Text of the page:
About two years ago I spoke to a class of future foster parents about our fostering and adoption journey. At the end the class members were told they could ask questions. There were a couple of the usual questions and then one guy said, “My wife and I are considering adoption either through foster care or just domestic infant adoption. We weren’t planning on telling the child we adopted them because we thought that might be confusing. Are you saying you think it’s always a good thing to tell kids they’re adopted?” I was flabbergasted. We believe so strongly in open adoption that the idea of not telling our kids the basic fact that they were adopted never occurred to me. Of course, having multiple transracially adopted kids and having older kids who know exactly how the younger kids came into the family makes hiding this stuff pretty impossible anyway. But in case there’s anyone else left out there who doesn’t quite understand the “why” of open adoption, I’ll give you my take on it. And it’s purely selfish.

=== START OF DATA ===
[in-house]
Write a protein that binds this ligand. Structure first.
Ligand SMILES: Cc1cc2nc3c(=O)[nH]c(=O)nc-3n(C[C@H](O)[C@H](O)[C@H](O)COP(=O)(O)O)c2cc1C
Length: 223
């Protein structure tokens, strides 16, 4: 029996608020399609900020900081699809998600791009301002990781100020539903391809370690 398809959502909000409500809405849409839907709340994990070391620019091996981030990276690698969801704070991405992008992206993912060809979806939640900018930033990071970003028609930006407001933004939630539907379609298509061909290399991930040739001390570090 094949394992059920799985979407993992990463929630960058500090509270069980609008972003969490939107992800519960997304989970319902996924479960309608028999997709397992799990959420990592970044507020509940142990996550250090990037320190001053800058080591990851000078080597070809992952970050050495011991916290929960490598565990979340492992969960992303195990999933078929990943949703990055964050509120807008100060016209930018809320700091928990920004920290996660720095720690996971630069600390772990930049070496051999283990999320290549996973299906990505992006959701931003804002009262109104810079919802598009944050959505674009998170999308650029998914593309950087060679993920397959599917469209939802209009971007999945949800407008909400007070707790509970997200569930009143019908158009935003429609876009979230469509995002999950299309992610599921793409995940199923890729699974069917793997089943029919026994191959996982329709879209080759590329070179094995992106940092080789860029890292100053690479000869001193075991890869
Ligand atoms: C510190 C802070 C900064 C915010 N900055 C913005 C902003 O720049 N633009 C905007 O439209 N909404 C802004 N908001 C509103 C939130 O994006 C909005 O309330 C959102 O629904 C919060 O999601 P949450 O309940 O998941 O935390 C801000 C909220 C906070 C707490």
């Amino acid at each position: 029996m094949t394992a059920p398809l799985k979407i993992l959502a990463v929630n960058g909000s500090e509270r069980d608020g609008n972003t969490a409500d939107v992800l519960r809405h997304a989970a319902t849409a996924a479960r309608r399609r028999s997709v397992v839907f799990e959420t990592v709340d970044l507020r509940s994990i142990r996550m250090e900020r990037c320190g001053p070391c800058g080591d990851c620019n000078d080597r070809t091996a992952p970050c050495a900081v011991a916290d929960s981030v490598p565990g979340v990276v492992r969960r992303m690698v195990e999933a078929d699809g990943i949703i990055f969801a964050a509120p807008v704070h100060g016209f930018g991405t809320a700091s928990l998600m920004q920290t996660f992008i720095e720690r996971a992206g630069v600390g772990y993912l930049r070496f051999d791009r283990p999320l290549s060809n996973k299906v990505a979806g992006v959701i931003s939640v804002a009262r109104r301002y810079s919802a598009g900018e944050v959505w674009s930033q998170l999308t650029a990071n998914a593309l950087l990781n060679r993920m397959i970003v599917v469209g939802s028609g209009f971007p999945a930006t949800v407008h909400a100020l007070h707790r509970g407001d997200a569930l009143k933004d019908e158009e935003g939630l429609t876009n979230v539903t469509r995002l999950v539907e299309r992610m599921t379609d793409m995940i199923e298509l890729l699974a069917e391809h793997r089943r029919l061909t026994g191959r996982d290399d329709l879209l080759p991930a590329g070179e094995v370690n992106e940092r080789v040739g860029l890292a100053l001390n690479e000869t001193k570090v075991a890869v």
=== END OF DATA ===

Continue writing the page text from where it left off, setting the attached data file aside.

I think that’s one element that’s hard for people to understand. The assumption is that we invest in an open adoption relationship because we are selfLESS. We are somehow better people because we are willing to “share” our child and open ourselves up to a potentially complicated birthparent or birth family relationship. But that is really not how I see it.